Our monthly statement arrives
in a crisp white envelope,
silent about the crowd it runs with –
a shady set of B and C loans.
The Loan Overview says nothing
about the interest-only, no-money-down loans
with their fast cars and bad teeth.
Down the street, the ‘For Sale’ signs fade
and leaves blanket the grass.
Kids on bikes zip past zombie houses
Scrawled with NO COPPER and stripped of gutters.
This is what happens to a 30-year fixed loan
bobbing in a sea of junk.
When the water rises,
it swallows the legs of our porches.
We wade in to rescue the dog
as the kitchen floods.
II. Slow Fuse
At night, fire trucks scream down Lorain
but the building goes up too fast.
All that’s left
is a sign that says ‘Arson is a Crime.’
The neon sign at Steve’s Lunch flickers.
A driver pulls off the highway,
stops at the light
and nods at a jittery teen in too-tight jeans.
She hops in and they drive away.
You can buy anything used here –
washers and dryers, baby clothes,
oak mantels, chandeliers.
The buildings of stout brick
have names and dates carved into
the façades like epitaphs.
III. Last Cut
I’ve come back for a few things
and to clean out my old garage.
I get stung on the wrist by a yellow jacket,
the mower’s grass-covered wheels
a perfect place to build a nest.
The house next door is vacant
and through a door that hangs open
I see a raincoat,
a pair of old sneakers,
doll face-down on the steps.
I hired Bruce to fix the cracks in my driveway, give it a new coat of blacktop, paint our deck. After I paid him $10 an hour in cash, he showed up a week or two later on his brown Mongoose mountain bike looking for more work.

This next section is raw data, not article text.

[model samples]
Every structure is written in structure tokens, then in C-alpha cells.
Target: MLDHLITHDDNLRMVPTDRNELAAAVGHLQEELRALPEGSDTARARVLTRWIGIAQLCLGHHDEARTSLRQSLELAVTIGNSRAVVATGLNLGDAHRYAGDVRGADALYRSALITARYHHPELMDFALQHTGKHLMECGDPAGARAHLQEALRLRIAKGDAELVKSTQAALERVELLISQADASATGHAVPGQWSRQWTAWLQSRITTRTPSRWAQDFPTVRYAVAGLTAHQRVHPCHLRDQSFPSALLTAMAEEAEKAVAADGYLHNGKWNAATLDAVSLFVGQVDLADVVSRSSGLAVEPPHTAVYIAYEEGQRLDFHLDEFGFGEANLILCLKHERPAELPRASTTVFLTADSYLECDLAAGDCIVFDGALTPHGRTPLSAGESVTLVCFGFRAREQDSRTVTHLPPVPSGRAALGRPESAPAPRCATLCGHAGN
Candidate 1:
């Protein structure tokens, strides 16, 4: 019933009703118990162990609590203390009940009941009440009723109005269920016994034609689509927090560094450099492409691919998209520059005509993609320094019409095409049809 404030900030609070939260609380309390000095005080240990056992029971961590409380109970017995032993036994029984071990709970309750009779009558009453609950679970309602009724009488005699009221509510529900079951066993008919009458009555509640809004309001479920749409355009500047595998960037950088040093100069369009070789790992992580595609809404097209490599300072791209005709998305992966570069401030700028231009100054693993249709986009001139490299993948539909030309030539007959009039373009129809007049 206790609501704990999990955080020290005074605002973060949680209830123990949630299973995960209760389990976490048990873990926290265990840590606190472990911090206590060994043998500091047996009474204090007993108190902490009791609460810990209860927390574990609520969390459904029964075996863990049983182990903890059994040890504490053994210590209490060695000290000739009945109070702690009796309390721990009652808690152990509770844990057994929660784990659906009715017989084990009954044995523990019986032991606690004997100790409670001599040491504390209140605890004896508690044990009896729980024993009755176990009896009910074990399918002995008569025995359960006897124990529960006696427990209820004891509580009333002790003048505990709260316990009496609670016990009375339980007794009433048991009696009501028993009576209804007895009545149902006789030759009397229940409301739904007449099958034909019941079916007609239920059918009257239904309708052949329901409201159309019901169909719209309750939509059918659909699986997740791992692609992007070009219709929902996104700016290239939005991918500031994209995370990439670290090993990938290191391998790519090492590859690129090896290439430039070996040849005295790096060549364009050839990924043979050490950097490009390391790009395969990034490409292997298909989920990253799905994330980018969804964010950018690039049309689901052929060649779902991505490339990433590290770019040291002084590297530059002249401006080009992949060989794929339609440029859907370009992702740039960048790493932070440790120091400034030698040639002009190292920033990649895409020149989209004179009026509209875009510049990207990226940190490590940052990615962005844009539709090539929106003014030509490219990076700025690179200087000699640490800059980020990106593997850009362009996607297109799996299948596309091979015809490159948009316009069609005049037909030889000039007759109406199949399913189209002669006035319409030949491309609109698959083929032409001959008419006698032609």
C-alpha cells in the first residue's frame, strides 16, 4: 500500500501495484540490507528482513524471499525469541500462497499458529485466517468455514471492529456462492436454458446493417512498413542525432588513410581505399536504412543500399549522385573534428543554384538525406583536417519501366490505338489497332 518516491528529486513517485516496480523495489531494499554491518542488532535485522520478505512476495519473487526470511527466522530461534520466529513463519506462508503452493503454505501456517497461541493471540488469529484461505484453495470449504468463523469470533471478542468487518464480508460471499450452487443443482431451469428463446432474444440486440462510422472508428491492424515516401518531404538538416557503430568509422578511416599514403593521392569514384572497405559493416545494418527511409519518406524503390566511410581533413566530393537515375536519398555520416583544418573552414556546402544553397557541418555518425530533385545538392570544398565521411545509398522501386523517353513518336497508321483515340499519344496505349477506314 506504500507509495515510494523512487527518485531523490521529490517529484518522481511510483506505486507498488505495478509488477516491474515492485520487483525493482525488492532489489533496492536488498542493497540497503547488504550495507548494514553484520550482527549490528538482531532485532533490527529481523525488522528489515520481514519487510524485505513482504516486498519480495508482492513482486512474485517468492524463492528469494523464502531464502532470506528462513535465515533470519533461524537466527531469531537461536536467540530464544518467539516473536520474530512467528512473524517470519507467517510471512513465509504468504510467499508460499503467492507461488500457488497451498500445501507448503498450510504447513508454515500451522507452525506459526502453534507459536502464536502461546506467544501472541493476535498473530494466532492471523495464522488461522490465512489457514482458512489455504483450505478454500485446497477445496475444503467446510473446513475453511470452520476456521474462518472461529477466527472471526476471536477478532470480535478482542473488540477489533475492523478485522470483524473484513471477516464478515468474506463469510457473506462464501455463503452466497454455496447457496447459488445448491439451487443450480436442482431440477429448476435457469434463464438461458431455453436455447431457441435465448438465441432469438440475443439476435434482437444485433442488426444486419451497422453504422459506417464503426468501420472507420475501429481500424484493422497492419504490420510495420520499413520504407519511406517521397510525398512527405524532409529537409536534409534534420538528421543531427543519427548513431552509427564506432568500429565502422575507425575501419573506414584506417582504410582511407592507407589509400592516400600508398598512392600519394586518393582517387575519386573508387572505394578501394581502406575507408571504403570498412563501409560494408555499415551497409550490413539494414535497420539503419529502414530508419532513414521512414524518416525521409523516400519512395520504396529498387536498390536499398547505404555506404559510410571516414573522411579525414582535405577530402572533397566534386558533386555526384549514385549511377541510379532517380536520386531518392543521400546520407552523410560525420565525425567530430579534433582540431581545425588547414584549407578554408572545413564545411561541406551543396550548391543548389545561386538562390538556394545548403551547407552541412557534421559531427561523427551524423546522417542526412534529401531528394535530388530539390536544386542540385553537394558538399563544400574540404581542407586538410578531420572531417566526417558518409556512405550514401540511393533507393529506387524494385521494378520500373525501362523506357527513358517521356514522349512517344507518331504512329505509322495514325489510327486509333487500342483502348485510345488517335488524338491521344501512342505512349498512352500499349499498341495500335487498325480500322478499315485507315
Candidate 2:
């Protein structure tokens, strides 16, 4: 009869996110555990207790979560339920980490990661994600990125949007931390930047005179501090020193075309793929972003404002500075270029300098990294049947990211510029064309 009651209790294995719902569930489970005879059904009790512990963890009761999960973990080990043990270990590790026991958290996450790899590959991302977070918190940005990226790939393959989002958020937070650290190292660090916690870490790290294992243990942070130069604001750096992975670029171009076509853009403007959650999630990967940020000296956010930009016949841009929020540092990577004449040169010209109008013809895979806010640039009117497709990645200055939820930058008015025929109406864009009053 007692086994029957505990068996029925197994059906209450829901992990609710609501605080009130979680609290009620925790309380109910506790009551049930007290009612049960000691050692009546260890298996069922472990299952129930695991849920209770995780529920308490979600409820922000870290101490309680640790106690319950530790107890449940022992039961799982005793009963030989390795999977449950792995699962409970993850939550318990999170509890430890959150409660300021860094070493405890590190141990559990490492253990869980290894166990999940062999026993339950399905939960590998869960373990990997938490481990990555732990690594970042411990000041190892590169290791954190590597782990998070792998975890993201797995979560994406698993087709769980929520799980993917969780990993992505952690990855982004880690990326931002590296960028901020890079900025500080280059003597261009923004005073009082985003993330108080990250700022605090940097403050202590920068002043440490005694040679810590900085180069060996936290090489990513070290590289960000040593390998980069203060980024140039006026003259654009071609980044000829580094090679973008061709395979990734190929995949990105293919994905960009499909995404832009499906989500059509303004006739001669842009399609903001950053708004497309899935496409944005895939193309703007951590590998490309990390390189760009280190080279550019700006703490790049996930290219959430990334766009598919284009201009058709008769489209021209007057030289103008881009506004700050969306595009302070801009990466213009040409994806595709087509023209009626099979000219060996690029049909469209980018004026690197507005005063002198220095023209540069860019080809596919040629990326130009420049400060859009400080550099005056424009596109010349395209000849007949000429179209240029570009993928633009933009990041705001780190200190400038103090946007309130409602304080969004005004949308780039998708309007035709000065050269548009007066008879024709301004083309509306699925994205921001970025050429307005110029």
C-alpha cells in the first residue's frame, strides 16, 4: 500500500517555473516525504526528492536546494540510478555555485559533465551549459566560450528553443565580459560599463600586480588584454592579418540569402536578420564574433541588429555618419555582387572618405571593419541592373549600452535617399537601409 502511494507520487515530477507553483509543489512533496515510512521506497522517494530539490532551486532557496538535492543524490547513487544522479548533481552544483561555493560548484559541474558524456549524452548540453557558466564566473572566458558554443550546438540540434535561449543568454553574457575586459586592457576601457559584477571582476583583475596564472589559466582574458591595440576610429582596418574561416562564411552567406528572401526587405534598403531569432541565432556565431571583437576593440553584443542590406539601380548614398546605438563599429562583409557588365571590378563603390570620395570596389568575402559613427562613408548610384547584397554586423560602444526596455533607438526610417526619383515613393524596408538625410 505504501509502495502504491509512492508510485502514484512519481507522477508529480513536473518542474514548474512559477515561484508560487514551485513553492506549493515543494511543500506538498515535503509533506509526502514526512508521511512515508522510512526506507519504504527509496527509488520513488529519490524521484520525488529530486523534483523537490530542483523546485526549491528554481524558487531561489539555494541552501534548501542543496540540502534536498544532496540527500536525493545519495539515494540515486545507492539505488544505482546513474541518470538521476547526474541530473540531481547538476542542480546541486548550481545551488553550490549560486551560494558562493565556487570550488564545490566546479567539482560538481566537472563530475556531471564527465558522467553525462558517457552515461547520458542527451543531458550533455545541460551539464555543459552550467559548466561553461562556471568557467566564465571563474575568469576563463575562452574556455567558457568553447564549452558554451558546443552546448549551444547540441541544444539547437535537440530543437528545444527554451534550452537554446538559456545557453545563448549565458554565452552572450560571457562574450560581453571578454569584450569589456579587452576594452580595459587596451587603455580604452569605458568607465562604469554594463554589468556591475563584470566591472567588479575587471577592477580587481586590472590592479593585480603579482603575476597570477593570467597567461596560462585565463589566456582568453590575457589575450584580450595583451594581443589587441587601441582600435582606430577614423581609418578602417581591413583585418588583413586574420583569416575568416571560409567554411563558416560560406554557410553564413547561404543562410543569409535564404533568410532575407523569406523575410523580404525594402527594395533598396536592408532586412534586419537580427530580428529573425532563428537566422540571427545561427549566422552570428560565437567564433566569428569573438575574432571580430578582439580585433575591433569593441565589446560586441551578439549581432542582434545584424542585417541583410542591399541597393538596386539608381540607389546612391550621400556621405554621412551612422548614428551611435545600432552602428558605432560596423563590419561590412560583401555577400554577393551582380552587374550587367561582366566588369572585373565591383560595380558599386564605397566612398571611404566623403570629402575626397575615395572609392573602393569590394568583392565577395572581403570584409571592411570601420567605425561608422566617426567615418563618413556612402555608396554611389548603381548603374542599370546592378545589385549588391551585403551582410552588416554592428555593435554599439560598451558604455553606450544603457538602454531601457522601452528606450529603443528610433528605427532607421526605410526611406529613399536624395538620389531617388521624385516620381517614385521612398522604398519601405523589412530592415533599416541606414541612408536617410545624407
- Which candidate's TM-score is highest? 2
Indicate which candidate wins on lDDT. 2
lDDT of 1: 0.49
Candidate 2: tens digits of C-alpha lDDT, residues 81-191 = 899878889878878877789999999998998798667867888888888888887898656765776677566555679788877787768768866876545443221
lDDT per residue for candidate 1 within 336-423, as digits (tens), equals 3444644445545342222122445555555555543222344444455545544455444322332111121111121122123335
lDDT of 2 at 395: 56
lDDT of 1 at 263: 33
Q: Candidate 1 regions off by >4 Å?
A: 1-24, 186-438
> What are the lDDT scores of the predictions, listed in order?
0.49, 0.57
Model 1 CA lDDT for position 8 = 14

Bruce was a handyman at St. Paul’s and helped out with the church’s homeless program. I know what these guys are going through because I’ve been there, he said. Got kicked out of everywhere, my sister’s, everyone had enough of my habit. Spent nine years on the street, got myself straight, thank Jesus.
I took him to a rental property to do some painting. I remember how his hands fluttered nervously between his knees as we took I-90 to Tremont, and he covered his big grin when he laughed.
My kids stared at his crooked teeth, but I told them it was OK and they played in the yard as Bruce and I talked. He played bass at St. Paul’s, liked to listen to his songs while he worked.
One thing I’ve always wanted to do – get my teeth fixed, Lee. Gonna save up, get a little house and rehab it myself.
When Bruce didn’t show up to paint the Tremont house, I called. His phone wasn’t working, he explained – had to put some minutes on it. A week later, he got a crew and went to work.
The night they finished, he showed up at my door wanting $210. The idling car, the urgency was weird, but I told him I didn’t have it on me and wanted to inspect the job first.
We went there the next day: paint on the floor, wobbly lines on the ceiling. I told him I’d pay when he cleaned it up and he and a friend from rehab took care of it quickly.
I called him about another job a few weeks later but they said he wasn’t at St. Paul’s anymore. He’d made some mistakes with the books, hooked up with old friends.
When he painted the Tremont house, the tethers of his old life must have been pulling him back. I hadn’t noticed, happy just to have his help.
Lee Chilcote is a poet, journalist and nonfiction writer whose work has appeared in Pacific Review, Great Lakes Review, Belt and other magazines. The poems “Foreclosures” and “In Recovery” are part of a series of pieces about living in the Rust Belt during the recession and its aftermath. He is also founder and director of Literary Cleveland. He lives in the Detroit Shoreway neighborhood on Cleveland’s west side with his wife, Katherine, and three children.